European Commission logo
English English
CORDIS - EU research results

A novel anaerobic DIGESTer solution in AIR transport for on-board safe and efficient waste management

Project description

Anaerobic digestion of airplane food waste

Airlines are a big source of food waste. According to the International Air Transport Association, airlines produced 5.2 million tonnes of waste in 2017, and the figure is set to double by 2030. While the statistic includes a host of disposable products, around 20 % is directly linked to the food service and another 20 % to packaging plastic waste. An additional important source of waste is wastewater from toilets. The EU-funded DIGESTAIR project is investigating the use of anaerobic digestion – microorganisms breaking down food waste in the absence of oxygen, removing pathogens and producing methane at the same time – to further improve onboard waste management. If successful, it will significantly reduce the environmental impact of passengers and will allow much more competitive management of Category 1 waste generated on international flights. The DIGESTAIR solution will be transferable to other sectors like cruisers and sea transport.


The DIGESTAIR project addresses the topic JTI-CS2-2018-CFP08-AIR-03-04 within The Clean Sky 2 programme and it can contribute to the Eco-design Transverse Activity in Airframe ITD. According to the International Air Transport Association, airlines produced 5.2 million tons of waste last year. Recent data from Eurostat revealed that up to 36% of the air passenger transport in Europe has extra EU destinations producing Category 1 ICW. The proportion of food waste and plastic packaging generated on board can account for up to 20% of the total amount of waste. Although some airlines are implementing standards to control and eventually reduce their environmental impact, new initiatives for a better waste management need to be committed. The DIGESTAIR approach seeks to promote a technological solution to improve waste management on board by taking advantage of the well-known anaerobic digestion (AD) process. However, the application of AD technology in an aircraft environment requires research and innovation efforts since no attempts are documented up-to-date in the aviation sector.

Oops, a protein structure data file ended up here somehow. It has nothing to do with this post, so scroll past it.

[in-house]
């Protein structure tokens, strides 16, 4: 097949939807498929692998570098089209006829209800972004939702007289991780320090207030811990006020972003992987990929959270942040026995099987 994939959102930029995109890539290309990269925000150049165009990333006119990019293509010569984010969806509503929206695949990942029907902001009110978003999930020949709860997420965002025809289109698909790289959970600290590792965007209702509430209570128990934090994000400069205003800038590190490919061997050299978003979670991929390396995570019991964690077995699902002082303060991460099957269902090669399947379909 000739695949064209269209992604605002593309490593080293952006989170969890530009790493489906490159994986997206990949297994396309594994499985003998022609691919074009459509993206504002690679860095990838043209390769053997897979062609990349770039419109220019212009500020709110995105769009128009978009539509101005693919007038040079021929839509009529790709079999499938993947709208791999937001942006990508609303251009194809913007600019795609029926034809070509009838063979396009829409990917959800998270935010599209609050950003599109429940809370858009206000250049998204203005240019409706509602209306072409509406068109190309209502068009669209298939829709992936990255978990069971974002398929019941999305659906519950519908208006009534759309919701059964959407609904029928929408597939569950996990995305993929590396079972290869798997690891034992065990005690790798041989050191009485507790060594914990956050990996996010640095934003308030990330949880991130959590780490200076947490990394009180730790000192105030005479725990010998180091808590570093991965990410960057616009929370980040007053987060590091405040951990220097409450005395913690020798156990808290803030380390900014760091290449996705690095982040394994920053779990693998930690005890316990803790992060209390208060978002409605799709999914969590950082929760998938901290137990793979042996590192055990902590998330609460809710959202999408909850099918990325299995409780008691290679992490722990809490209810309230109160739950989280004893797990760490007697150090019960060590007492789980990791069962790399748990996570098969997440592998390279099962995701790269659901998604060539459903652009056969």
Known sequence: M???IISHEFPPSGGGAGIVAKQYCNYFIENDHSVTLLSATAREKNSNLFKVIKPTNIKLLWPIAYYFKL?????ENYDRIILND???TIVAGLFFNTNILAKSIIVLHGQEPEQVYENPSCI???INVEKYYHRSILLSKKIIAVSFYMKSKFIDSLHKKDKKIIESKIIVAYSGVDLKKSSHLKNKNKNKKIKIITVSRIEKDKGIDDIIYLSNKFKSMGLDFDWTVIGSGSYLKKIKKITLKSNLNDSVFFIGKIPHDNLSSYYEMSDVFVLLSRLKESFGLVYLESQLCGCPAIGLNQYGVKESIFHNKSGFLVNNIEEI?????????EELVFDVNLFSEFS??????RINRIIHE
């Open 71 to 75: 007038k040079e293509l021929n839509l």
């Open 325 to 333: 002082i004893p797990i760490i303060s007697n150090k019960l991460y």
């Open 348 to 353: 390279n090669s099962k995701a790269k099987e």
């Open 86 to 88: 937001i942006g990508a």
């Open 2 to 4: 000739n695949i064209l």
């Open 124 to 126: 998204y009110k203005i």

The DIGESTAIR project involves a methodology that will ensure the accomplishment of the specific objectives based on prior experiences by considering the technical, security and hygiene requirements for an aircraft environment. A flexible and adaptable anaerobic digestion prototype with two different configurations will be manufactured: (i) two stage anaerobic process, and (ii) an alternative with membrane filtration unit in order to minimize size and weight and maximize the energy production. The prototype will be eco-designed, light, safe, and cost-efficient in terms of energy recovery and ICW treatment efficiency. Apart from the prototype, a simulation tool will be developed, which will help to boost prototype design and will be a valuable tool for future analyses of different scenarios and upscaling.


Net EU contribution
€ 312 407,50
20018 San Sebastian

See on map

Noreste País Vasco Gipuzkoa
Activity type
Research Organisations
Total cost
€ 312 407,50

Participants (1)